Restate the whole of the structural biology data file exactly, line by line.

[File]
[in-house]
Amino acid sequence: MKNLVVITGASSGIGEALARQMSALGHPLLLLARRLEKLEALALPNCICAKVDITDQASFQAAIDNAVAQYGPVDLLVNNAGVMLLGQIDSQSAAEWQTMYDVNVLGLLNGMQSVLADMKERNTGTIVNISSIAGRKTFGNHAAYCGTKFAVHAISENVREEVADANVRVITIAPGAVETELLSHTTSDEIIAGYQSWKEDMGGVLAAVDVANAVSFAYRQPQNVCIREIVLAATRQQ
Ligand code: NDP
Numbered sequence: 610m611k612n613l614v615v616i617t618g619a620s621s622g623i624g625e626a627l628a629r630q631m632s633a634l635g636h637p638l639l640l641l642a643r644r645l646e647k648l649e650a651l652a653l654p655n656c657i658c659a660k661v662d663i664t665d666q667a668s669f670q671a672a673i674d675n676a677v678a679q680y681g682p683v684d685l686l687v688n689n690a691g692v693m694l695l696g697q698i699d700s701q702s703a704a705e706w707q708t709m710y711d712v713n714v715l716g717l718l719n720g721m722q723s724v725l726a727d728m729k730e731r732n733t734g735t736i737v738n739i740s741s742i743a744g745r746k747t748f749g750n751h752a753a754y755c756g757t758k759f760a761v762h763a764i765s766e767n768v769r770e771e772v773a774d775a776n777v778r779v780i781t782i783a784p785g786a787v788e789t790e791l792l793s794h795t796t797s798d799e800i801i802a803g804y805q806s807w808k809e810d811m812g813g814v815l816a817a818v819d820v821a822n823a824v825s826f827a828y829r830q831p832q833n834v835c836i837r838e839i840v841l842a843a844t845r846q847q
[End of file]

[in-house]
Amino acid sequence: MKNLVVITGASSGIGEALARQMSALGHPLLLLARRLEKLEALALPNCICAKVDITDQASFQAAIDNAVAQYGPVDLLVNNAGVMLLGQIDSQSAAEWQTMYDVNVLGLLNGMQSVLADMKERNTGTIVNISSIAGRKTFGNHAAYCGTKFAVHAISENVREEVADANVRVITIAPGAVETELLSHTTSDEIIAGYQSWKEDMGGVLAAVDVANAVSFAYRQPQNVCIREIVLAATRQQ
Ligand code: NDP
Numbered sequence: 610m611k612n613l614v615v616i617t618g619a620s621s622g623i624g625e626a627l628a629r630q631m632s633a634l635g636h637p638l639l640l641l642a643r644r645l646e647k648l649e650a651l652a653l654p655n656c657i658c659a660k661v662d663i664t665d666q667a668s669f670q671a672a673i674d675n676a677v678a679q680y681g682p683v684d685l686l687v688n689n690a691g692v693m694l695l696g697q698i699d700s701q702s703a704a705e706w707q708t709m710y711d712v713n714v715l716g717l718l719n720g721m722q723s724v725l726a727d728m729k730e731r732n733t734g735t736i737v738n739i740s741s742i743a744g745r746k747t748f749g750n751h752a753a754y755c756g757t758k759f760a761v762h763a764i765s766e767n768v769r770e771e772v773a774d775a776n777v778r779v780i781t782i783a784p785g786a787v788e789t790e791l792l793s794h795t796t797s798d799e800i801i802a803g804y805q806s807w808k809e810d811m812g813g814v815l816a817a818v819d820v821a822n823a824v825s826f827a828y829r830q831p832q833n834v835c836i837r838e839i840v841l842a843a844t845r846q847q